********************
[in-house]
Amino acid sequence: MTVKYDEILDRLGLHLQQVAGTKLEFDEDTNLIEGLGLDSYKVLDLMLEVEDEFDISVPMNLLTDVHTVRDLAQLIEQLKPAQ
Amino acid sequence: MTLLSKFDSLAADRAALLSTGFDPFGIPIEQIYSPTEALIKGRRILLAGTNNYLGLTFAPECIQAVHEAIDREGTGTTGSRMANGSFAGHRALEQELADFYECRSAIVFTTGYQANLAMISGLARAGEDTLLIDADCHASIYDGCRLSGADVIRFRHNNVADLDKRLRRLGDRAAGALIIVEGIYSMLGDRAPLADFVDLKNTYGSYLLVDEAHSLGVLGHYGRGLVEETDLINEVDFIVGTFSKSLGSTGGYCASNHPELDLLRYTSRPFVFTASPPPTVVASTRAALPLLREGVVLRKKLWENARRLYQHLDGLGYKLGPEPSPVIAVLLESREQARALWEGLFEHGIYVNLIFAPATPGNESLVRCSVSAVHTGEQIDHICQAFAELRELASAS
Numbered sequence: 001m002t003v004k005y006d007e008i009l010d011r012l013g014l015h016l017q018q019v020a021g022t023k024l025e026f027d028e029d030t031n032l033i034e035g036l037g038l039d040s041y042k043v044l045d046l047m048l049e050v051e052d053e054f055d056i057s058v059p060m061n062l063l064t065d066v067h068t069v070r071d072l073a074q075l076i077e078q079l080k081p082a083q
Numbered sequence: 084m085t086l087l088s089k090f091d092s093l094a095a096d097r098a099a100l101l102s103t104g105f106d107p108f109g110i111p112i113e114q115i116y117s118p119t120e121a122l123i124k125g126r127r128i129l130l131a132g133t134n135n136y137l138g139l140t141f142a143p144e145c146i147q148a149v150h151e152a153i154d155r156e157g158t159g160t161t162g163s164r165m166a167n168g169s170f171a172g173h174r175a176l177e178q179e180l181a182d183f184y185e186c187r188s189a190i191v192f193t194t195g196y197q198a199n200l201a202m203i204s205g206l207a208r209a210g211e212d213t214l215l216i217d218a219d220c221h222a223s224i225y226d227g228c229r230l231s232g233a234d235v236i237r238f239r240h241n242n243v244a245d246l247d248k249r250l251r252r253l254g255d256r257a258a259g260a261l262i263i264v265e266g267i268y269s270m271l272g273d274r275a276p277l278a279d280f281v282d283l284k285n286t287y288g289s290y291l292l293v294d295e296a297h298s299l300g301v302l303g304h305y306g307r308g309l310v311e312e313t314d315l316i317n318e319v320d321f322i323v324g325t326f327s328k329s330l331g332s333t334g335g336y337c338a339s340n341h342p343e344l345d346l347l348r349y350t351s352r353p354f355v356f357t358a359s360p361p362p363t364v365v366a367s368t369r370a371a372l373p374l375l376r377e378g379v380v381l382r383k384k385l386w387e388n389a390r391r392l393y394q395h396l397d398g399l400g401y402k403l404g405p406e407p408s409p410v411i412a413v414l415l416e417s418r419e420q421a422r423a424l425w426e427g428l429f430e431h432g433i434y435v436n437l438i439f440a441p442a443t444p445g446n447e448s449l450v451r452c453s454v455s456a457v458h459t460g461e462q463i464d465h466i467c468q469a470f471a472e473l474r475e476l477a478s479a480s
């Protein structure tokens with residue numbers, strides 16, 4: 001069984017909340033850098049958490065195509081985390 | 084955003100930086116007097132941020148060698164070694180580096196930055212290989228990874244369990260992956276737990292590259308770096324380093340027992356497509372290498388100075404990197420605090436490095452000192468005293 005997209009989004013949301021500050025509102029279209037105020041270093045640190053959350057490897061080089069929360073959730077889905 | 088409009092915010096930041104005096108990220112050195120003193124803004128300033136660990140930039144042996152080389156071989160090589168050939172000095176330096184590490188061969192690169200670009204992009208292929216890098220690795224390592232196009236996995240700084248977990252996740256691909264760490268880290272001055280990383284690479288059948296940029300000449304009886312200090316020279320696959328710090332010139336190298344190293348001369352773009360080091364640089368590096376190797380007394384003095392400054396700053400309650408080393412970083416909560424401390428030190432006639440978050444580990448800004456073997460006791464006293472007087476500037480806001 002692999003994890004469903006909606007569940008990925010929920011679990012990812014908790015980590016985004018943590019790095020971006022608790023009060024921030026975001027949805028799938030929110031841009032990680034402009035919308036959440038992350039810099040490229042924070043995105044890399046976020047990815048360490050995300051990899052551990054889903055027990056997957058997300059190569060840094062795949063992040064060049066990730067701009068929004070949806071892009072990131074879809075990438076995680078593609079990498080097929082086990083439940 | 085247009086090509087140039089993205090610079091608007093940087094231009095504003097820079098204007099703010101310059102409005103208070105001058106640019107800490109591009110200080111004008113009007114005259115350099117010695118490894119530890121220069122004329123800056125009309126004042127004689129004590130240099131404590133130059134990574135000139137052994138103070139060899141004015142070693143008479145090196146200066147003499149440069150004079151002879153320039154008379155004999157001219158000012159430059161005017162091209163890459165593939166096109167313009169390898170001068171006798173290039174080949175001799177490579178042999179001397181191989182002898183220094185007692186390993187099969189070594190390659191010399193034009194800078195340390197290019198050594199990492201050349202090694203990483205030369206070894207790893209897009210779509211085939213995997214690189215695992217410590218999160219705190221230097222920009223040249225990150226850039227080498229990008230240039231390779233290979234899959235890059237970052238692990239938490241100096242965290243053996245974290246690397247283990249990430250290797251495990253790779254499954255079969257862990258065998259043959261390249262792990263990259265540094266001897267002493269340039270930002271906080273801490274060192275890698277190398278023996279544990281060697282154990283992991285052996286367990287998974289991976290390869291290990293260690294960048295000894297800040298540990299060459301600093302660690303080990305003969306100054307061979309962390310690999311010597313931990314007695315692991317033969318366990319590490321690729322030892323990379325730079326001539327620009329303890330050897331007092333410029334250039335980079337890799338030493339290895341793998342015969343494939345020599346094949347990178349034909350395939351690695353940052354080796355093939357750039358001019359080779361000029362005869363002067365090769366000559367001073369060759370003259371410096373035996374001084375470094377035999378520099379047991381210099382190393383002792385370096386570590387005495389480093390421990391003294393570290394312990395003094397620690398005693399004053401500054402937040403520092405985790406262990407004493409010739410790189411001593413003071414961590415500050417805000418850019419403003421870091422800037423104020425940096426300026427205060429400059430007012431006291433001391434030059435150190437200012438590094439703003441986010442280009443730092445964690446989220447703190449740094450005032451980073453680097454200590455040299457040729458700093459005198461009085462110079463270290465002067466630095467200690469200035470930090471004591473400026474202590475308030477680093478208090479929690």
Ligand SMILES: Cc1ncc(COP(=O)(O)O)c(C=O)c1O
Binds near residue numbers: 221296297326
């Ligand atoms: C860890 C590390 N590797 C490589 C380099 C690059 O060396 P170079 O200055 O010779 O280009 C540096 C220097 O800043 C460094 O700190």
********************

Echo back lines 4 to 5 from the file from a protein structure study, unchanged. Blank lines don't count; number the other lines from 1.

Numbered sequence: 001m002t003v004k005y006d007e008i009l010d011r012l013g014l015h016l017q018q019v020a021g022t023k024l025e026f027d028e029d030t031n032l033i034e035g036l037g038l039d040s041y042k043v044l045d046l047m048l049e050v051e052d053e054f055d056i057s058v059p060m061n062l063l064t065d066v067h068t069v070r071d072l073a074q075l076i077e078q079l080k081p082a083q
Numbered sequence: 084m085t086l087l088s089k090f091d092s093l094a095a096d097r098a099a100l101l102s103t104g105f106d107p108f109g110i111p112i113e114q115i116y117s118p119t120e121a122l123i124k125g126r127r128i129l130l131a132g133t134n135n136y137l138g139l140t141f142a143p144e145c146i147q148a149v150h151e152a153i154d155r156e157g158t159g160t161t162g163s164r165m166a167n168g169s170f171a172g173h174r175a176l177e178q179e180l181a182d183f184y185e186c187r188s189a190i191v192f193t194t195g196y197q198a199n200l201a202m203i204s205g206l207a208r209a210g211e212d213t214l215l216i217d218a219d220c221h222a223s224i225y226d227g228c229r230l231s232g233a234d235v236i237r238f239r240h241n242n243v244a245d246l247d248k249r250l251r252r253l254g255d256r257a258a259g260a261l262i263i264v265e266g267i268y269s270m271l272g273d274r275a276p277l278a279d280f281v282d283l284k285n286t287y288g289s290y291l292l293v294d295e296a297h298s299l300g301v302l303g304h305y306g307r308g309l310v311e312e313t314d315l316i317n318e319v320d321f322i323v324g325t326f327s328k329s330l331g332s333t334g335g336y337c338a339s340n341h342p343e344l345d346l347l348r349y350t351s352r353p354f355v356f357t358a359s360p361p362p363t364v365v366a367s368t369r370a371a372l373p374l375l376r377e378g379v380v381l382r383k384k385l386w387e388n389a390r391r392l393y394q395h396l397d398g399l400g401y402k403l404g405p406e407p408s409p410v411i412a413v414l415l416e417s418r419e420q421a422r423a424l425w426e427g428l429f430e431h432g433i434y435v436n437l438i439f440a441p442a443t444p445g446n447e448s449l450v451r452c453s454v455s456a457v458h459t460g461e462q463i464d465h466i467c468q469a470f471a472e473l474r475e476l477a478s479a480s